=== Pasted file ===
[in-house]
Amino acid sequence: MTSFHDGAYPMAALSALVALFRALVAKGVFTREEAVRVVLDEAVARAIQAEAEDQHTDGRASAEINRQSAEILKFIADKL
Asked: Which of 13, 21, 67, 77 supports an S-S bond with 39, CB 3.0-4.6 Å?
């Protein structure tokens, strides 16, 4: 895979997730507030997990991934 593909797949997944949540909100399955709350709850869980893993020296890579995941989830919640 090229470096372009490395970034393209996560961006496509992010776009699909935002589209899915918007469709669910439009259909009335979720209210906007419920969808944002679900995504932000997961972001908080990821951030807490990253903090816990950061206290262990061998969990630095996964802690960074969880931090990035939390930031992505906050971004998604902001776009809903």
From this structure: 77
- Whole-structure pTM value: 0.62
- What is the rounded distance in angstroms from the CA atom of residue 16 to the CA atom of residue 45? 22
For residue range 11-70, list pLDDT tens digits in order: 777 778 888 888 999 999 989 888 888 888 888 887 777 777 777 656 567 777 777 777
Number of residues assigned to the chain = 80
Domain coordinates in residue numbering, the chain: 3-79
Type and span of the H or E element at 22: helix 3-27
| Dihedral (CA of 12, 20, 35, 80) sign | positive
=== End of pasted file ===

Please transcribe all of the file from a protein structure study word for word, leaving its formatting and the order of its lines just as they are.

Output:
[in-house]
Amino acid sequence: MTSFHDGAYPMAALSALVALFRALVAKGVFTREEAVRVVLDEAVARAIQAEAEDQHTDGRASAEINRQSAEILKFIADKL
Asked: Which of 13, 21, 67, 77 supports an S-S bond with 39, CB 3.0-4.6 Å?
């Protein structure tokens, strides 16, 4: 895979997730507030997990991934 593909797949997944949540909100399955709350709850869980893993020296890579995941989830919640 090229470096372009490395970034393209996560961006496509992010776009699909935002589209899915918007469709669910439009259909009335979720209210906007419920969808944002679900995504932000997961972001908080990821951030807490990253903090816990950061206290262990061998969990630095996964802690960074969880931090990035939390930031992505906050971004998604902001776009809903």
From this structure: 77
- Whole-structure pTM value: 0.62
- What is the rounded distance in angstroms from the CA atom of residue 16 to the CA atom of residue 45? 22
For residue range 11-70, list pLDDT tens digits in order: 777 778 888 888 999 999 989 888 888 888 888 887 777 777 777 656 567 777 777 777
Number of residues assigned to the chain = 80
Domain coordinates in residue numbering, the chain: 3-79
Type and span of the H or E element at 22: helix 3-27
| Dihedral (CA of 12, 20, 35, 80) sign | positive